3D Printing

Its Effect on the Environment

What is 3D Printing?

3D printing is an additive process used for rapid prototyping. An additive process adds material to make a component or object, instead of a subtractive process that takes away material to make said part. The additive process used in 3D printing uses an inkjet-like printer device to spray layers of a material down in specific shape, building up the object being printed. The material normally used is polymer, though research is being done to allow the use of other materials like metal, stone, and even cells to print an object. 3D printing is becoming more and more popular because of its relatively low cost and time spent when compared to existing rapid prototyping methods such as factory production. There are many types of 3D printers. Three examples are listed below.

Three Types of 3D Printers

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What about its effect on the environment?

It is very disputable whether 3D printers are better or more harmful than our traditional processes of mass production. For example, UC Berkeley mechanical engineering department workers found that an inkjet 3D printer wastes 40 to 45 percent (more including support material) that cannot be recycled, making the rumor of the 3D printer being "better" than factory production questionable to say the least. However, articles such as the ECOS Magazine article "How green is 3D printing?" focus on the upsides of the creation such as the reuse of materials from failed printings and the saving of 90 percent of titanium in the production of fish-tracking tags due to the 3D printer. It appears that only way to tell is with time and with more use of these new machines that are breaking glass ceilings all over the world.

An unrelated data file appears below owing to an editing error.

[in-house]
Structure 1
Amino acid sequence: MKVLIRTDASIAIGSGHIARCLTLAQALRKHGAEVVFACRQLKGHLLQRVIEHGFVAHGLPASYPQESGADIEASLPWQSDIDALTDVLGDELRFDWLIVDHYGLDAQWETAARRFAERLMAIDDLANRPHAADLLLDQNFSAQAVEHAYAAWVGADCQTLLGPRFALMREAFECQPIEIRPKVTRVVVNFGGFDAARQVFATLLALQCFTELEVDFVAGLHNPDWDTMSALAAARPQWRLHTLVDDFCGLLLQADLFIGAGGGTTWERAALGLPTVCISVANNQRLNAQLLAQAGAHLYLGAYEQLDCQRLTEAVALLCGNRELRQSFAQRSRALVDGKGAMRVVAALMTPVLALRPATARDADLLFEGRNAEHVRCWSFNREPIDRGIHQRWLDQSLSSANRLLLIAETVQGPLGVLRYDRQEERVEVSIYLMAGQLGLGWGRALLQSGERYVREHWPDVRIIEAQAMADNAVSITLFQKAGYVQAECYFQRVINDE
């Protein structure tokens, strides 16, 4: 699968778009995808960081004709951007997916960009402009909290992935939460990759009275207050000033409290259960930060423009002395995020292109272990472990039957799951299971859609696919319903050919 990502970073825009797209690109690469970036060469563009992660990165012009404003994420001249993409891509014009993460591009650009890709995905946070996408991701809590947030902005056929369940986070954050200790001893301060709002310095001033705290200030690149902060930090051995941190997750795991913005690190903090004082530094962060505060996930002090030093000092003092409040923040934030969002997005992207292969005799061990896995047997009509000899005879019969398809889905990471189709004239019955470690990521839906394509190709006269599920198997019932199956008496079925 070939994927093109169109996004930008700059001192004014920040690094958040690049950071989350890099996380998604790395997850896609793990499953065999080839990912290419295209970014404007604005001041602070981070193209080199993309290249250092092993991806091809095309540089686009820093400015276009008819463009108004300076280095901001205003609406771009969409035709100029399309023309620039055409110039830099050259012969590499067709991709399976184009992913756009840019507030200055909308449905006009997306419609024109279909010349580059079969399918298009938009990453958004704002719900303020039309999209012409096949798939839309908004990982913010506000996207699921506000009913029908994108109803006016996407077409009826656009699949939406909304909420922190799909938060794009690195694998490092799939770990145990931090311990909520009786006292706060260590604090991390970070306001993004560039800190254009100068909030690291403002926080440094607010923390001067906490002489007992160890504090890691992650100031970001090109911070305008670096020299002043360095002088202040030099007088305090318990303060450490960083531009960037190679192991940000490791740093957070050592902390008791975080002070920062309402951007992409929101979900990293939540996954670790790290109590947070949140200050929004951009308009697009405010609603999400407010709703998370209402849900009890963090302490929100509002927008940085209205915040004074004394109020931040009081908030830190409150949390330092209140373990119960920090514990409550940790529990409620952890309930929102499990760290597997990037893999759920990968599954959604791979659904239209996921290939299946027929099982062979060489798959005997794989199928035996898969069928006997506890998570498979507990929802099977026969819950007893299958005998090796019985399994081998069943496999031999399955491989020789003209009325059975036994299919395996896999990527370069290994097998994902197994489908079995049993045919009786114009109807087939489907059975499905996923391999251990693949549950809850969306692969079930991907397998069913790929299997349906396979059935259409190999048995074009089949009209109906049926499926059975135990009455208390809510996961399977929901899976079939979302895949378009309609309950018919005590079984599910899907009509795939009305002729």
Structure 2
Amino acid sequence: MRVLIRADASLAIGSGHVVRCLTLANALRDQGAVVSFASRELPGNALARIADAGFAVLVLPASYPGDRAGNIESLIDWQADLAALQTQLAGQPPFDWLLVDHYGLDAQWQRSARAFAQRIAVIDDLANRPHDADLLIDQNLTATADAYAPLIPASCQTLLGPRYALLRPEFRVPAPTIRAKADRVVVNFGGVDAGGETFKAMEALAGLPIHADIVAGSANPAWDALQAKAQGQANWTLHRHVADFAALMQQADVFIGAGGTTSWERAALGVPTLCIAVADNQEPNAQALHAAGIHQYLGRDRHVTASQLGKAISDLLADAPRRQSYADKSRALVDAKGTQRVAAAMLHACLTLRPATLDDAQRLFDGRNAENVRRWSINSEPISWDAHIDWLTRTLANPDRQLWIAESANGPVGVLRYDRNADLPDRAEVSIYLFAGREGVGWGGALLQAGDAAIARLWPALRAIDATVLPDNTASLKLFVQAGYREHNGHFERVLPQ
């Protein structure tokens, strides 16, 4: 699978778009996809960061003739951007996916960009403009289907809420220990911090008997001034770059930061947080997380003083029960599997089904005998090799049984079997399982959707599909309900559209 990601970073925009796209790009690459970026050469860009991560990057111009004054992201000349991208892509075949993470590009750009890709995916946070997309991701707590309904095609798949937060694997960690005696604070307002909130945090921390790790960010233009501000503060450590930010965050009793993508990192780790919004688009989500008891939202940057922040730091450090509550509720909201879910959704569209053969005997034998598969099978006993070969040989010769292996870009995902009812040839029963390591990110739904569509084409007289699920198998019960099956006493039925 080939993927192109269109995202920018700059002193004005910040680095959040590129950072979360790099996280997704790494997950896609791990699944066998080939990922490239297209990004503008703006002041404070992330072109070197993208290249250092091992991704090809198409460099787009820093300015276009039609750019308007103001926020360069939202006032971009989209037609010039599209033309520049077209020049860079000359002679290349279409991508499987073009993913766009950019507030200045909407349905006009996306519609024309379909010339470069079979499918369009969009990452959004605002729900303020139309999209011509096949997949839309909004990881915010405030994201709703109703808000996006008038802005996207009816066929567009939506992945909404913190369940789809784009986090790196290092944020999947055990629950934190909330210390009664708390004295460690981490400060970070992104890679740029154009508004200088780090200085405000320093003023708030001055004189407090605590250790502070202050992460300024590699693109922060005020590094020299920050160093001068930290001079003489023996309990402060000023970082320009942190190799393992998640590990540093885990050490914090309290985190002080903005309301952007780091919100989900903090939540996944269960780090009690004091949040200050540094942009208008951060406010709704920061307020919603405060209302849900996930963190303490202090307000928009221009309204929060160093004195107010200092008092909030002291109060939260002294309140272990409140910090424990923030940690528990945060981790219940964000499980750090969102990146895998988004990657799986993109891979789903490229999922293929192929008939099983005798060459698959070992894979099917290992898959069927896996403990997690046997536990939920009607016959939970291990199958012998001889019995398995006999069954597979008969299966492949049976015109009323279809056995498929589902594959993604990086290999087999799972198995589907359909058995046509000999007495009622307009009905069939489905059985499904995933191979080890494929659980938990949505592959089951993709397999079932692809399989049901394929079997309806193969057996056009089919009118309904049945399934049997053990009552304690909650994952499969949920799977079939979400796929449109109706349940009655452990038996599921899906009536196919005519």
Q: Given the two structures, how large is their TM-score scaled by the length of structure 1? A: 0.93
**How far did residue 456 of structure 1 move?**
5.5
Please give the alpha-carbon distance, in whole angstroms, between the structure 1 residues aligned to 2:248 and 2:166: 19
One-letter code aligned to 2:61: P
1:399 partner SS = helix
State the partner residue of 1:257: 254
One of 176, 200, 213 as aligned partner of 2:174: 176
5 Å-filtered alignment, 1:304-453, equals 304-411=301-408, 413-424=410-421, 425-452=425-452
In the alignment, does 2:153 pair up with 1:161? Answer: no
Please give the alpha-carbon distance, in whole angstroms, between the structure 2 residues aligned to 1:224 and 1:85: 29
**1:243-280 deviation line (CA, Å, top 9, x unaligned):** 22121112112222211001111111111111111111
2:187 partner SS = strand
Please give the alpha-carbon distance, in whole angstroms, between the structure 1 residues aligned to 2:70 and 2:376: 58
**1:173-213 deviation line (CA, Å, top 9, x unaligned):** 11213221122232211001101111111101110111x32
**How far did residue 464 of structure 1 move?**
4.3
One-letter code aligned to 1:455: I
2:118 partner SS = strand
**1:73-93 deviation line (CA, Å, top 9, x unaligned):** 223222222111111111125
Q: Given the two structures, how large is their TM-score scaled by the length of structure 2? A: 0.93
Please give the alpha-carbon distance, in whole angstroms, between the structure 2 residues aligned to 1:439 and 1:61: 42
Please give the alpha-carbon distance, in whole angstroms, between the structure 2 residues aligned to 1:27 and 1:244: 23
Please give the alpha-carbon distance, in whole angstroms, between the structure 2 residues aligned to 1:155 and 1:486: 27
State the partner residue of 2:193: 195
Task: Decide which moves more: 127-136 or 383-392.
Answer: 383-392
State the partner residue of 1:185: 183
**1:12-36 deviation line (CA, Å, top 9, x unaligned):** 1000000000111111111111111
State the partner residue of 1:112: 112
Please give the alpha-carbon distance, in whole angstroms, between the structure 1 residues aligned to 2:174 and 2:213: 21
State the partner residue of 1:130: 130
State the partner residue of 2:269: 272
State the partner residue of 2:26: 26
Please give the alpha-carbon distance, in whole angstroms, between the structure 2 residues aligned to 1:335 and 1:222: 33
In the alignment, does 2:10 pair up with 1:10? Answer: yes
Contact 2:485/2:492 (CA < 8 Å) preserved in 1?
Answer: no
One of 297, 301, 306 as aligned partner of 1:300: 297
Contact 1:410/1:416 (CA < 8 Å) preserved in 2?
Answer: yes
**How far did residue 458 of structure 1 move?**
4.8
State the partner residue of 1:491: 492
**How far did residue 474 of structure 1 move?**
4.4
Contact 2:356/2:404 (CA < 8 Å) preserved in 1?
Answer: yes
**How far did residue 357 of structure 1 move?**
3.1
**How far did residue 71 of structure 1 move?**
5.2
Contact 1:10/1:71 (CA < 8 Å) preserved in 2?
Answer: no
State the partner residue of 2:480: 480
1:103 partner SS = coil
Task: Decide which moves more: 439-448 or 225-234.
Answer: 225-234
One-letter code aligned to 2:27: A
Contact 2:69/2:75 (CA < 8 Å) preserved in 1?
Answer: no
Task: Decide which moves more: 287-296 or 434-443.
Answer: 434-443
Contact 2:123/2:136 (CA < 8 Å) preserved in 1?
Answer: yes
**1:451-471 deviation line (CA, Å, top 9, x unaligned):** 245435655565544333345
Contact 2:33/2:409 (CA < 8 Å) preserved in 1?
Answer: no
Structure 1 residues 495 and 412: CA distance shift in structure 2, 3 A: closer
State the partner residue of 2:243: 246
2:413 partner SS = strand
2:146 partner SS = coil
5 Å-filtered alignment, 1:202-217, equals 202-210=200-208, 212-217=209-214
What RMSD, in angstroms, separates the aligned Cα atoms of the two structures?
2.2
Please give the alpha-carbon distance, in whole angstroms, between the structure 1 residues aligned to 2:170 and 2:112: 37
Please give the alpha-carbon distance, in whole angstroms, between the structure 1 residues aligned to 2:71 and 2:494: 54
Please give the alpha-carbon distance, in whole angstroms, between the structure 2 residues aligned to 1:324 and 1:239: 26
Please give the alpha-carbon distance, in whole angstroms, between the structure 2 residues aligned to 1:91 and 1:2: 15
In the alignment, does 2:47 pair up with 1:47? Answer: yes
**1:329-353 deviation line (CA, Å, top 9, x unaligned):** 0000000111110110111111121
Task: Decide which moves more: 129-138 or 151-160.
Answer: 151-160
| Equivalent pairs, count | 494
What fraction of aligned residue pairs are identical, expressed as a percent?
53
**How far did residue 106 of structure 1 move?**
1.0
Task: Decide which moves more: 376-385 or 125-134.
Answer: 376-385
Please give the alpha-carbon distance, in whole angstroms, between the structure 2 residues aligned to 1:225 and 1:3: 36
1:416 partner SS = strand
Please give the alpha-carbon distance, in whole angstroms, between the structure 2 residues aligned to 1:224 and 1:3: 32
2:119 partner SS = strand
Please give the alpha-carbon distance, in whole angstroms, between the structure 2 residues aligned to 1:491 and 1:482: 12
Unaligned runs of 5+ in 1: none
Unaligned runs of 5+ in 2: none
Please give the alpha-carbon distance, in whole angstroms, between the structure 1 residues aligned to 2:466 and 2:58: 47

The video below elaborates on the pros and cons mentioned.

3D Printing: Its Impact on the Environment (Nia's Final FCGP Video)

Positive and Negative Effects on the Environment

PROS


  • NO transportation pollution


  • NO unnecessary manufacturing


  • FEWER raw materials WASTED


  • LONGER LIVES for products


  • EASIER RECYCLING


  • LESS ENERGY across the product lifestyle


CONS


  • Heavy reliance on PLASTICS


  • ENCOURAGING WASTEFULNESS


  • Second-hand FUMES


  • ENERGY INEFFICIENCY


All of the research reflects the one idea that for every pro, there is a nearly equal con. So, whether or not 3D printing is the best for our environment is still up in the air (pun intended).

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References

(2015).3D Printer Buyers Guide. Retrieved December 19, 2015, from http://3dprintingfromscratch.com/common/types-of-3d-printers-or-3d-printing-technologies-overview/#sls


(2015, December 19). 3D printing. Retrieved December 19, 2015, from https://en.wikipedia.org/wiki/3D_printing


England, R. (2013, November 20). Is 3D printing good or bad for the environment?. Retrieved December 19, 2015, from https://www.ovoenergy.com/blog/technology-and-innovation/3d-printing-good-bad-environment.html


Faludi, J. (2013, November 22). Environmental Impacts of 3D Printing. Retrieved December 19, 2015, from http://sustainabilityworkshop.autodesk.com/blog/environmental-impacts-3d-printing


Kovac, K. (2013, December 2). How green is 3D printing?. Retrieved December 19, 2015, from http://www.ecosmagazine.com/?paper=EC13276